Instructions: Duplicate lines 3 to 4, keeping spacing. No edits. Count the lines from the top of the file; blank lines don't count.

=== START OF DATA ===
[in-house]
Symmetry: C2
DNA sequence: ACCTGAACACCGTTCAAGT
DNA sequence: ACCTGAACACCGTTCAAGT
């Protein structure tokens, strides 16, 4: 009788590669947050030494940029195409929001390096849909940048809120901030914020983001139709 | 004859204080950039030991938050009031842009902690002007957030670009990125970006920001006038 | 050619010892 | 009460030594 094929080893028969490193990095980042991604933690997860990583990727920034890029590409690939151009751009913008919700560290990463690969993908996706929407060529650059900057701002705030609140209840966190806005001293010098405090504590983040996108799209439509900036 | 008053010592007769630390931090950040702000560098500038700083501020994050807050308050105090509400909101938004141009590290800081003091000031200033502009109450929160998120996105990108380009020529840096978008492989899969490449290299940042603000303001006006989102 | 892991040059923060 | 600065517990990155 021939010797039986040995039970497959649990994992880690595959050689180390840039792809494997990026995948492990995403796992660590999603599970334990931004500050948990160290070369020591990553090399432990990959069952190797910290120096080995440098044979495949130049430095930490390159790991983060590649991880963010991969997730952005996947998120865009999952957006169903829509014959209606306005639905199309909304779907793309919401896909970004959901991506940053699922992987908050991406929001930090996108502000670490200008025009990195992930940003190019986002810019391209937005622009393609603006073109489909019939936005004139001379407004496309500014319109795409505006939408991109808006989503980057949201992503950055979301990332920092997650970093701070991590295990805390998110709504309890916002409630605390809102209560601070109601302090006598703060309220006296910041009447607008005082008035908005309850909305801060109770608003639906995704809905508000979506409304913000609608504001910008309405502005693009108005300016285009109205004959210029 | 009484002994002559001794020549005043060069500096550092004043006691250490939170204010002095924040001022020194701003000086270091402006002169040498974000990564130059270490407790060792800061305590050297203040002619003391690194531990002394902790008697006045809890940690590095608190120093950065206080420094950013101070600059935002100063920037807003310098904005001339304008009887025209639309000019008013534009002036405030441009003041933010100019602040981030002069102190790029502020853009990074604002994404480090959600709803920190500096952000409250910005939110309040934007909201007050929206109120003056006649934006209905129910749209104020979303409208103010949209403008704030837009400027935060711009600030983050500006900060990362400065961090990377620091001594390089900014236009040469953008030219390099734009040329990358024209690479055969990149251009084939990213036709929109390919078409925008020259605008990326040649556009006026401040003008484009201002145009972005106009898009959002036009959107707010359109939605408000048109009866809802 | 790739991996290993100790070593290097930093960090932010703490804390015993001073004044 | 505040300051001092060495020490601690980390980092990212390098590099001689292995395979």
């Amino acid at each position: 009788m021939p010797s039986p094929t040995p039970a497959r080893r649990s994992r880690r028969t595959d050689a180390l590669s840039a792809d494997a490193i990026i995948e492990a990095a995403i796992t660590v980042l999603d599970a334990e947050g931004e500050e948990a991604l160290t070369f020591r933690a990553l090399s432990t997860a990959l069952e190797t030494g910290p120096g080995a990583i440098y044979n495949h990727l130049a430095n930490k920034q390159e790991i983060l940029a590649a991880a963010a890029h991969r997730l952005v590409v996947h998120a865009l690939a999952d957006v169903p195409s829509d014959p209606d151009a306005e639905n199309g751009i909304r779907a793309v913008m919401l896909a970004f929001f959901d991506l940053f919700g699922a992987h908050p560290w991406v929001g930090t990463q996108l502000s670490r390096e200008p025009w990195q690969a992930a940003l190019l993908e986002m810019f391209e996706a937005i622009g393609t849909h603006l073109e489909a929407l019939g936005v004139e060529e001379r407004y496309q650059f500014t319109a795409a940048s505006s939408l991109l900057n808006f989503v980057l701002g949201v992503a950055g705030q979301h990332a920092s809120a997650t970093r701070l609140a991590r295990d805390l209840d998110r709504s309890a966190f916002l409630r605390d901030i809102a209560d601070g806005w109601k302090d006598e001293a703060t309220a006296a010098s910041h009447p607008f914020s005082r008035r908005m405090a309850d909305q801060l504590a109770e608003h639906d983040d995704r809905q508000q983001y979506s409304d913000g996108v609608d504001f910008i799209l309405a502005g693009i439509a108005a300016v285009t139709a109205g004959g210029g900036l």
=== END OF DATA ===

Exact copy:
DNA sequence: ACCTGAACACCGTTCAAGT
DNA sequence: ACCTGAACACCGTTCAAGT